Rapid Determination of Pesticide Residues in Herbs Using Selective Pressurized Liquid Extraction and Fast Gas Chromatography Coupled with Mass Spectrometry
Institute of Chinese Medical Sciences, University of Macau, Taipa, Macao SAR, China. Journal of Separation Science
(Impact Factor: 2.74).
08/2012; 35(15):1922-32. DOI: 10.1002/jssc.201200169
A selective pressurized liquid extraction and gas chromatography coupled with triple quadrupole mass spectrometer method was developed for simultaneous determination of 52 pesticide residues in medicine and food dual-purpose herbs. The developed extraction method integrated extraction and cleanup processes for sample preparation. The sorbents, 5 g Florisil and 100 mg graphitized carbon black, were placed inside the extraction cell to remove matrix interferences. Optimized conditions of selective pressurized liquid extraction were ethyl acetate as extraction solvent, 120°C of extraction temperature, 6 min of static extraction time, 50% of flush volume extracted for two cycles. An ultra inert capillary GC-MS HP-5 UI column (20 m × 0.18 mm id, 0.18 μm) and column backflush system were used for the analysis. Multiple-reaction monitoring was employed for the quantitative analysis with electron ionization mode. All calibration curves showed good linearity (r(2) > 0.995) within the test ranges. The average recoveries of most pesticides were from 81 to 118%. The validated method was successfully applied for the determination of pesticide residues in four herbs. The results indicate that selective pressurized liquid extraction and GC-MS/MS is a sensitive and reliable analytical method for the simultaneous determination of multiple pesticide residues in herbs.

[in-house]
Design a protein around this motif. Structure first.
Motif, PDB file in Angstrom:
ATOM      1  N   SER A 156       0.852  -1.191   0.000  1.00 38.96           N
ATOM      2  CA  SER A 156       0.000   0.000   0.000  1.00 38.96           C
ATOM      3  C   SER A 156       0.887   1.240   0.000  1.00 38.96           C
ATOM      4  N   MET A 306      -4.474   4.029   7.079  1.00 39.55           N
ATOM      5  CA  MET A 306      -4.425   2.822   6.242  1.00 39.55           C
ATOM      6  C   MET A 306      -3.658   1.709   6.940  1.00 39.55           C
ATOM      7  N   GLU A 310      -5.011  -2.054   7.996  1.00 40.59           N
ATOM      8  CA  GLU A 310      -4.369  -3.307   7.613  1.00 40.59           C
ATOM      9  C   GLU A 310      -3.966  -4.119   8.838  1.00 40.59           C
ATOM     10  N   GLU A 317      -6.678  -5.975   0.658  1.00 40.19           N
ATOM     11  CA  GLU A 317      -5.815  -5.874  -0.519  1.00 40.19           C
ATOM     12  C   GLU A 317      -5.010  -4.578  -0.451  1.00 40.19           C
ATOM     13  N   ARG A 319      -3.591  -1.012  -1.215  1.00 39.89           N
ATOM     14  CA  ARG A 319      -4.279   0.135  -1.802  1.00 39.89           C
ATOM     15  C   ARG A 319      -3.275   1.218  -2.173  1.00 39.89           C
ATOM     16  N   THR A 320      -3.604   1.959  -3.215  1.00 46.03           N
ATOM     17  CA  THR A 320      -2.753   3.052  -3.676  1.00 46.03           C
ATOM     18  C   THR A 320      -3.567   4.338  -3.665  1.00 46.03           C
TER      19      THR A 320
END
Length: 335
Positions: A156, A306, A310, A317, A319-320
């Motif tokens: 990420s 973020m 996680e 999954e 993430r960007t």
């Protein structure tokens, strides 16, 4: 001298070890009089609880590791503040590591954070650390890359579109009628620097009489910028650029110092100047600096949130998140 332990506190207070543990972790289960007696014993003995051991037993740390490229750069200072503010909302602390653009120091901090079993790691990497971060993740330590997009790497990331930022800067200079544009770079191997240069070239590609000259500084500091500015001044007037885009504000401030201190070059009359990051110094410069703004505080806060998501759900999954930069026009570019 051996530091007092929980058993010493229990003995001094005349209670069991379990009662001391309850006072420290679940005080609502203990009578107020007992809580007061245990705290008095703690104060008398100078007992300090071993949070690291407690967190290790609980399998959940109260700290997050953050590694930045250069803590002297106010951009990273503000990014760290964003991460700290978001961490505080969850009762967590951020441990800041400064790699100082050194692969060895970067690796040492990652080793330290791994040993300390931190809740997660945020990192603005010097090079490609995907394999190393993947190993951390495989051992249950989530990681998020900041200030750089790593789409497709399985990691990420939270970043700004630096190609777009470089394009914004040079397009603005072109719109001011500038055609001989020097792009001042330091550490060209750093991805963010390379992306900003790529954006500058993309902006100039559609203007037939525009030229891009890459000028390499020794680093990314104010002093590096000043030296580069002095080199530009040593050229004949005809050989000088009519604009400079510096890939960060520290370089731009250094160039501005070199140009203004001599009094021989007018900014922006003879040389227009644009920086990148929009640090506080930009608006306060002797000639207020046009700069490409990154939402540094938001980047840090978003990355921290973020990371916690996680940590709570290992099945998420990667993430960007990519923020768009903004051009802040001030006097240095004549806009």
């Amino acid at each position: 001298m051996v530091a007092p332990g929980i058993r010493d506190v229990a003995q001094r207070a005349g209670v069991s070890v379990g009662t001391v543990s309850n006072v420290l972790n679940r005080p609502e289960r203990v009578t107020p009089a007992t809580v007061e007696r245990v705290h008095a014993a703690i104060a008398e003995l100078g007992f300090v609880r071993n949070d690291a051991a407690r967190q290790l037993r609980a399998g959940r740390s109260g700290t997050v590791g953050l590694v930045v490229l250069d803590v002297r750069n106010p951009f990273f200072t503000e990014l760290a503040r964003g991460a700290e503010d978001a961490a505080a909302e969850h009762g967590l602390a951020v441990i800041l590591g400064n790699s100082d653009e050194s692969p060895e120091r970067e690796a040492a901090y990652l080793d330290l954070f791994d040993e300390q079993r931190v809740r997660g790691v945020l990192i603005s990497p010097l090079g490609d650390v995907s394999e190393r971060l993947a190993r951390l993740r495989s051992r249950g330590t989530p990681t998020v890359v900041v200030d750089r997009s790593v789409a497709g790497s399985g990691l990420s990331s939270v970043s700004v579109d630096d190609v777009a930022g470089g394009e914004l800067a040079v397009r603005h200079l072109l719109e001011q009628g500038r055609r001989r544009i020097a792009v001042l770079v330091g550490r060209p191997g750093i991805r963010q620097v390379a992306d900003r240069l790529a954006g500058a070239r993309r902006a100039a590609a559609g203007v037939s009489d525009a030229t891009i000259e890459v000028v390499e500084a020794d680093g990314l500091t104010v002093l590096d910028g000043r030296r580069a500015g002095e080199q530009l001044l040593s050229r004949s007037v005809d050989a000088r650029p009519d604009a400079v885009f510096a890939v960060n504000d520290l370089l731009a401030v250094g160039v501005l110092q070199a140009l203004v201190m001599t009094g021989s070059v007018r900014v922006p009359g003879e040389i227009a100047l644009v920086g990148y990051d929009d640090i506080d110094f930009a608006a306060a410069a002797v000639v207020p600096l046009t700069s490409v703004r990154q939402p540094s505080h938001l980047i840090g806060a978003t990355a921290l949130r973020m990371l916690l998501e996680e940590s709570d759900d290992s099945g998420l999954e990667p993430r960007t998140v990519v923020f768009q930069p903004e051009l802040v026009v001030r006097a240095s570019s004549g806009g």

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- "GC × GC is considered an established separation technique and for the last decade focus has shifted away from the development of modulation technology to applying the technique to an ever increasing number of analytical challenges. Fields in which GC × GC applications are popular include petroleum and petrochemicals           ; food, flavours and fragrances              ; metabolomics             and environmental analysis       . Although GC × GC has never been more widespread, there are some applications that remain challenging for a chromatographer to perfect. "